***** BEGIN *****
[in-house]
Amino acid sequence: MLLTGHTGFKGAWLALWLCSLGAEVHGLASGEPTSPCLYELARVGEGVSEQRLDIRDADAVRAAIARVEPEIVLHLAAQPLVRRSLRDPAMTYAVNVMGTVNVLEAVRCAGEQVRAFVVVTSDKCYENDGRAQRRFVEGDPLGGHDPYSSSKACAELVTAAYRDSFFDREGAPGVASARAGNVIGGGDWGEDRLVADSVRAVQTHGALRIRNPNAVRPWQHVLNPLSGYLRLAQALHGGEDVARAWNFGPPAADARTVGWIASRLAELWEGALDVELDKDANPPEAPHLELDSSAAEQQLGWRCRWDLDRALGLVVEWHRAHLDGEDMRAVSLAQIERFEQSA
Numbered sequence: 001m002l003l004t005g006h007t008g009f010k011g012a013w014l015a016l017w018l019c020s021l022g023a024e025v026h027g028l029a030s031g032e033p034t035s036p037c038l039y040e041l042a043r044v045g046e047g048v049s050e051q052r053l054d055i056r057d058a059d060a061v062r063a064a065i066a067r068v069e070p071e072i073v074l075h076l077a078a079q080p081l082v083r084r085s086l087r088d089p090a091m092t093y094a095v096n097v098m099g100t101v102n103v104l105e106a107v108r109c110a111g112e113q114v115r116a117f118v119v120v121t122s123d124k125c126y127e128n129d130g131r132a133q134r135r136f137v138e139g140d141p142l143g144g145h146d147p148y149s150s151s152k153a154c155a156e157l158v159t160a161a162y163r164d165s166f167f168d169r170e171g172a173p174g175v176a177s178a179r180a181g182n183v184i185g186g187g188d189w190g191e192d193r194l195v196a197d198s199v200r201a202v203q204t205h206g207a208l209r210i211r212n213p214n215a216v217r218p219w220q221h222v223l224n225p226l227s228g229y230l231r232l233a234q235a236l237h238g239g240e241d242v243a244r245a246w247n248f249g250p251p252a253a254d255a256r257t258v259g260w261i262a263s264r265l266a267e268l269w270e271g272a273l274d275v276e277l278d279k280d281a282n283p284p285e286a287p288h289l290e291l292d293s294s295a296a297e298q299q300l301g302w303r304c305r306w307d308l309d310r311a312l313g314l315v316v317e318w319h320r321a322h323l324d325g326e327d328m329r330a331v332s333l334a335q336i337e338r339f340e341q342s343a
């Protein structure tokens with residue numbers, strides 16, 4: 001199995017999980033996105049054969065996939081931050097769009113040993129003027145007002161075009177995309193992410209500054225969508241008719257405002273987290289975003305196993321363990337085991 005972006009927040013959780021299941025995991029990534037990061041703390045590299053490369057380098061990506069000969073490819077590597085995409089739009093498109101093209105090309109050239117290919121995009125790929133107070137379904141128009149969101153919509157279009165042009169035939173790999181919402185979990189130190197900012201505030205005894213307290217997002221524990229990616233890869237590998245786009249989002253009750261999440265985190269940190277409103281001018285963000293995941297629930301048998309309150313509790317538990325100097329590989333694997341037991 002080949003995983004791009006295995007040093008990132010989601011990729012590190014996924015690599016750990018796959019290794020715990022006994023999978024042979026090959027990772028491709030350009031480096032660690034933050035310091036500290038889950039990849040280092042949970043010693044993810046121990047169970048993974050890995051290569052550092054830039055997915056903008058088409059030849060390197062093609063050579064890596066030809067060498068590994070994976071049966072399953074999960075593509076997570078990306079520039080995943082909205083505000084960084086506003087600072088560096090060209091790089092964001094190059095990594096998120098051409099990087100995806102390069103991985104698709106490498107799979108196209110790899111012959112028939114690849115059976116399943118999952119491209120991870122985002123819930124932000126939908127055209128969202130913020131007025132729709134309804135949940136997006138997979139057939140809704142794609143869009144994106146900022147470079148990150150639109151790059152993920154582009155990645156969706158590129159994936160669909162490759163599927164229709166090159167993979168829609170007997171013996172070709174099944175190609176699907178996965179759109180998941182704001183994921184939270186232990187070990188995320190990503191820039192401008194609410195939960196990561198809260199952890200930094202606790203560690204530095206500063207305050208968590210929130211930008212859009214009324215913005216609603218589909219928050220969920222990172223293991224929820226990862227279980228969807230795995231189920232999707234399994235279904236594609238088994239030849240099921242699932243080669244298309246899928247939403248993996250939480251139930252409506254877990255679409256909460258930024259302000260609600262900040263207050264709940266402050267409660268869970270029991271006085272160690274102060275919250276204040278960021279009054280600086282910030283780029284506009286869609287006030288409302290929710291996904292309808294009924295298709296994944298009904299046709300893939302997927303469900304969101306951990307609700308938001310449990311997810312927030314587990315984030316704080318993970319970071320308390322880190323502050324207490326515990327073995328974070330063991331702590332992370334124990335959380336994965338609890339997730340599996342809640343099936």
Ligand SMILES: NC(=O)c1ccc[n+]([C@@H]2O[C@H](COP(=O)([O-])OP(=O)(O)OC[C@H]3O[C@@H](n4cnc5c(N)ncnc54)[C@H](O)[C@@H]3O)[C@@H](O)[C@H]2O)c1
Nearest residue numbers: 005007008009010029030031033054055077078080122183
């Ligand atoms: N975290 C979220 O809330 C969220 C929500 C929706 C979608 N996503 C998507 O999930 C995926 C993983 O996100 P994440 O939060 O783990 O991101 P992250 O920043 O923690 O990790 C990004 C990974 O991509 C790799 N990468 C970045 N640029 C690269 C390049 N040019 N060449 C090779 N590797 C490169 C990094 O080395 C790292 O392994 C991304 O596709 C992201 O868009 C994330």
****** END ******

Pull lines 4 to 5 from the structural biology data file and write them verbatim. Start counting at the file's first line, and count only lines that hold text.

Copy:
């Protein structure tokens with residue numbers, strides 16, 4: 001199995017999980033996105049054969065996939081931050097769009113040993129003027145007002161075009177995309193992410209500054225969508241008719257405002273987290289975003305196993321363990337085991 005972006009927040013959780021299941025995991029990534037990061041703390045590299053490369057380098061990506069000969073490819077590597085995409089739009093498109101093209105090309109050239117290919121995009125790929133107070137379904141128009149969101153919509157279009165042009169035939173790999181919402185979990189130190197900012201505030205005894213307290217997002221524990229990616233890869237590998245786009249989002253009750261999440265985190269940190277409103281001018285963000293995941297629930301048998309309150313509790317538990325100097329590989333694997341037991 002080949003995983004791009006295995007040093008990132010989601011990729012590190014996924015690599016750990018796959019290794020715990022006994023999978024042979026090959027990772028491709030350009031480096032660690034933050035310091036500290038889950039990849040280092042949970043010693044993810046121990047169970048993974050890995051290569052550092054830039055997915056903008058088409059030849060390197062093609063050579064890596066030809067060498068590994070994976071049966072399953074999960075593509076997570078990306079520039080995943082909205083505000084960084086506003087600072088560096090060209091790089092964001094190059095990594096998120098051409099990087100995806102390069103991985104698709106490498107799979108196209110790899111012959112028939114690849115059976116399943118999952119491209120991870122985002123819930124932000126939908127055209128969202130913020131007025132729709134309804135949940136997006138997979139057939140809704142794609143869009144994106146900022147470079148990150150639109151790059152993920154582009155990645156969706158590129159994936160669909162490759163599927164229709166090159167993979168829609170007997171013996172070709174099944175190609176699907178996965179759109180998941182704001183994921184939270186232990187070990188995320190990503191820039192401008194609410195939960196990561198809260199952890200930094202606790203560690204530095206500063207305050208968590210929130211930008212859009214009324215913005216609603218589909219928050220969920222990172223293991224929820226990862227279980228969807230795995231189920232999707234399994235279904236594609238088994239030849240099921242699932243080669244298309246899928247939403248993996250939480251139930252409506254877990255679409256909460258930024259302000260609600262900040263207050264709940266402050267409660268869970270029991271006085272160690274102060275919250276204040278960021279009054280600086282910030283780029284506009286869609287006030288409302290929710291996904292309808294009924295298709296994944298009904299046709300893939302997927303469900304969101306951990307609700308938001310449990311997810312927030314587990315984030316704080318993970319970071320308390322880190323502050324207490326515990327073995328974070330063991331702590332992370334124990335959380336994965338609890339997730340599996342809640343099936």
Ligand SMILES: NC(=O)c1ccc[n+]([C@@H]2O[C@H](COP(=O)([O-])OP(=O)(O)OC[C@H]3O[C@@H](n4cnc5c(N)ncnc54)[C@H](O)[C@@H]3O)[C@@H](O)[C@H]2O)c1